“We work seven days a week and, like, only have a little time off every day,” she said. “For example, if we work in the morning, we don’t work in the afternoon. Then you go back to work at night. For eight months. But I don’t get tired. I’m used to doing it.
“The hardest part is being away from my family,” she said. “Yes, especially if you’re not feeling well and are sick. Yeah, it’s very hard. Especially to call back home for emergencies. On a ship we can use the satellite, which is very slow and expensive. But during the port visits, like here, you can call and chat.”
Sumaoy, who is Catholic, said she also really appreciates the center’s chapel.
“Usually, every Sunday back home we go to Mass, and here we can, too,” she said. “If you’re lonely or stressed, this is a very good place, with the Wi-Fi and just to have some coffee.”
When asked what she likes most about her job, Sumaoy did not hesitate: “I like my position as a waitress. And my salary is like a big boss’ in the Philippines if you compare the salaries. With tips and everything, you can save your money. So I just keep it and send it home.”
The Stella Maris Chapel and Hospitality Center is open from 10 a.m. to 2 p.m. when ships are in port and volunteers are available. Olga Cruz has volunteered here for more than four years, mostly on weekends. But because she works nearby, the 53-year-old woman often shows up during her lunch hour.
“I’ve always wanted to volunteer here because I thought it would be a good service to the crew members,” she said. “I’m Filipino and I speak the language. So I thought, you know, it would make them feel more at home, maybe more welcome. I can interact and help them a little bit more.”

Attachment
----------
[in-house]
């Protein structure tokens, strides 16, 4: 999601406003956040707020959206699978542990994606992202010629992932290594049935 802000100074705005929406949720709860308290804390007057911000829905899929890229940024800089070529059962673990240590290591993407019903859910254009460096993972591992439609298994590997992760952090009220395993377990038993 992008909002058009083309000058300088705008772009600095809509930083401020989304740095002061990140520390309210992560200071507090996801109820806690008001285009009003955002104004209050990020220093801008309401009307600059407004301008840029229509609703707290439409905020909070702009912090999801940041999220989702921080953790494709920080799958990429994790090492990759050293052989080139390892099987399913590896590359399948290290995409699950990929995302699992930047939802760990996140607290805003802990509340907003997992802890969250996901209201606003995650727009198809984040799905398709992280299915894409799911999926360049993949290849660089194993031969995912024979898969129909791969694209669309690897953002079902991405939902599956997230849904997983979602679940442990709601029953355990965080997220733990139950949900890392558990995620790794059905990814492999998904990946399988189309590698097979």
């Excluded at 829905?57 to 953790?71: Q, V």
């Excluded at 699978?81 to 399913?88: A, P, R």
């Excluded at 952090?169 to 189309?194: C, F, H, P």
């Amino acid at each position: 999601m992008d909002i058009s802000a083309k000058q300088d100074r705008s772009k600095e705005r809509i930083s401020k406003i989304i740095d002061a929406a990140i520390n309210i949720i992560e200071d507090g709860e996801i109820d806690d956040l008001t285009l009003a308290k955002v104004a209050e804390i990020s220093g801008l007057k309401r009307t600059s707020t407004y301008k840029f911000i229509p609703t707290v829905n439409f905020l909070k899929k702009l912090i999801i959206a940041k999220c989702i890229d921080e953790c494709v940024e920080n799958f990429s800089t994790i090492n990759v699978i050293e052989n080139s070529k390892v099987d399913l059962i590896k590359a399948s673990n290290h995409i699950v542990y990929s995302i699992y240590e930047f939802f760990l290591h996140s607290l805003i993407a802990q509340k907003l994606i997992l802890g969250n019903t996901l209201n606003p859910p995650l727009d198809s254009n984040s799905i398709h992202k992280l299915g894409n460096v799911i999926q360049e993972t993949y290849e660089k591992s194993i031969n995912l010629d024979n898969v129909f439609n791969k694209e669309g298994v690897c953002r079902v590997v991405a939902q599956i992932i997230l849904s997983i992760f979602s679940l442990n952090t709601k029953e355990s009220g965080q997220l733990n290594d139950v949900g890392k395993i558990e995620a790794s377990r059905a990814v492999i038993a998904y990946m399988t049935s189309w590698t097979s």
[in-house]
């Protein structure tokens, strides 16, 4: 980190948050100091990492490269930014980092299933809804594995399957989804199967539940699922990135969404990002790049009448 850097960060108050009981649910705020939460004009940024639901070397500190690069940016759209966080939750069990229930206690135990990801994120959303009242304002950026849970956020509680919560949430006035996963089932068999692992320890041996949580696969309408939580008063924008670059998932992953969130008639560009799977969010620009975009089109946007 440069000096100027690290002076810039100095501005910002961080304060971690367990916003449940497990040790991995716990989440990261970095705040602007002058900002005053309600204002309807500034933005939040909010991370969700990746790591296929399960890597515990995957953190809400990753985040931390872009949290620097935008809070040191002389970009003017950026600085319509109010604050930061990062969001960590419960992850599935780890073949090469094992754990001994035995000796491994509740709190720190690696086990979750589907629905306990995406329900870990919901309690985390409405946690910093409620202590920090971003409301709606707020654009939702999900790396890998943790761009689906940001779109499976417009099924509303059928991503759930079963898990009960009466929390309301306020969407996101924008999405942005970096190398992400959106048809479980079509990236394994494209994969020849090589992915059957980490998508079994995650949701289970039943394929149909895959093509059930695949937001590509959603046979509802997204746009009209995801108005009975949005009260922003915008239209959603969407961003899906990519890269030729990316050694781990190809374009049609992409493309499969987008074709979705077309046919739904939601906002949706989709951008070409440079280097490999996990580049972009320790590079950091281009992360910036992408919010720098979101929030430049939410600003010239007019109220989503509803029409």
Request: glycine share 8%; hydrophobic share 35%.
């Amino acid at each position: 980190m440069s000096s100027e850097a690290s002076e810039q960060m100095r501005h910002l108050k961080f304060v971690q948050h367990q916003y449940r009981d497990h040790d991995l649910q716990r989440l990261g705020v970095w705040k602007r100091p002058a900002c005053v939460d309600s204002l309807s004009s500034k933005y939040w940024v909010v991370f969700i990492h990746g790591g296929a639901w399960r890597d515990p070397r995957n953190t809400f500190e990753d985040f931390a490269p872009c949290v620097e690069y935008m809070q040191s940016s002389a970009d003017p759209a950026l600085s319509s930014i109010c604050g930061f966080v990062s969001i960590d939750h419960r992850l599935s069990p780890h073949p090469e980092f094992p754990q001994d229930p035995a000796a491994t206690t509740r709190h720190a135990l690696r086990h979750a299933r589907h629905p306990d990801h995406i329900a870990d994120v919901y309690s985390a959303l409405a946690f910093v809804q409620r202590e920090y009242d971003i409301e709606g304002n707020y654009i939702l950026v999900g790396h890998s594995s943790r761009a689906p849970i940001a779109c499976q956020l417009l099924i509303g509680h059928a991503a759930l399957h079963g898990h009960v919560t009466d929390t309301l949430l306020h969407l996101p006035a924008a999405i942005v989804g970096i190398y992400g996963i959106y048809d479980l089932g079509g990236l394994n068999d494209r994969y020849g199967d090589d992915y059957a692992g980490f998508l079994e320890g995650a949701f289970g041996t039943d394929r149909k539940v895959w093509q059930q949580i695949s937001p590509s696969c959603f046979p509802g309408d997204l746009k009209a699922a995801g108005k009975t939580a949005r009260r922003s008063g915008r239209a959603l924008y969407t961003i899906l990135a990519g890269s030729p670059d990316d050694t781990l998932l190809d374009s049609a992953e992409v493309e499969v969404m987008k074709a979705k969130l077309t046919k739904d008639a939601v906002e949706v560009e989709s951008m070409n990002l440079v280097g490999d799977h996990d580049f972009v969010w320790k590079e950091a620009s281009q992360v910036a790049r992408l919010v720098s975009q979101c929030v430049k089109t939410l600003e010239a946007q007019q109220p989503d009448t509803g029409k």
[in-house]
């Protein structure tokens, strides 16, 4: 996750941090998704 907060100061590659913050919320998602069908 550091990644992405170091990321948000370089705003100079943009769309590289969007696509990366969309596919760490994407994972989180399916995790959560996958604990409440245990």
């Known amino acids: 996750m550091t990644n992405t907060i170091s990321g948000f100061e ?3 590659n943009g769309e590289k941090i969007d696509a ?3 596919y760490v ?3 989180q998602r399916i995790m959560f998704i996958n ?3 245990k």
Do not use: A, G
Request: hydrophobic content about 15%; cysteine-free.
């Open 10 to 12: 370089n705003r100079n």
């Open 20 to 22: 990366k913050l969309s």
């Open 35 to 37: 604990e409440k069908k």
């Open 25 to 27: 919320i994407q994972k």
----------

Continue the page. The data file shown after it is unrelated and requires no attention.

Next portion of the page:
If crew members want to go shopping for themselves or for gifts for those back home, she drives them to nearby stores in her car. And if they can’t call relatives because of time differences, she’ll sit and talk to them and, hopefully, strike up new friendships. Most like to talk about their families, especially their children and plans for their future. And, of course, they share experiences about the Philippines.
Cruz considers it a sacred ministry.
“To me, this is really serving the people,” she said. “We don’t do much. But whenever I come here on Saturday, I’ll bring a hot lunch for whoever is here. It’s just to get in touch with these people. It’s just welcoming them.”
Fran Giagalone agreed. As a parishioner at Mary Star of the Sea, the 92-year-old woman volunteered for 26 years and only stopped going down to the center a year ago. But she still raises money as a liaison to the Catholic Daughters of the Americas, who support it.
She said before computers, smartphones and iPads, the center had a bank of phones and would place calls for crew members. It also had two vans that took them shopping. In those days, the Port of Los Angeles was open, so volunteers could go onto ships.
That all changed after 9/11, said Giagalone; security has greatly tightened. In port, crews can only be off their ship for short periods, mostly just a couple hours.
“But actually our prime concern was the chapel, where a local priest would celebrate Mass and hear confessions. And also to help crews stay in touch with their families. Only now it’s all high-tech, and they have their own devices,” she said.
“I think back when the port was all open,” Giagalone said. “You could go down to the ships. The guys could come off and on the ships. We had guys who would come with greasy clothes just in time for Mass. We had guys who came regularly to sing. One played the guitar.”
After a reflective pause, Giagalone continued: “Those who come from India and the Philippines are very devout. I mean old-fashioned devout. They’ll walk into the chapel and take their shoes off. And they’ll get down on both knees. They’ll touch the crucifix with their own hands.” She paused again. “So it’s been a wonderful ministry.”
Dhan Kumari Gurung, 30, of Nepal was sitting back on a comfy couch between two co-workers and could not agree more. She works security on the Norwegian Jewel, patrolling the huge cruise ship at night. She carries handcuffs, a baton and a radio to call for help.
“Of course you get homesick because it’s a very long contract, eight months, we have,” she said. “Coming here, it’s very good. I’m Hindu but sometimes I go into the chapel and just sit. It’s very nice.”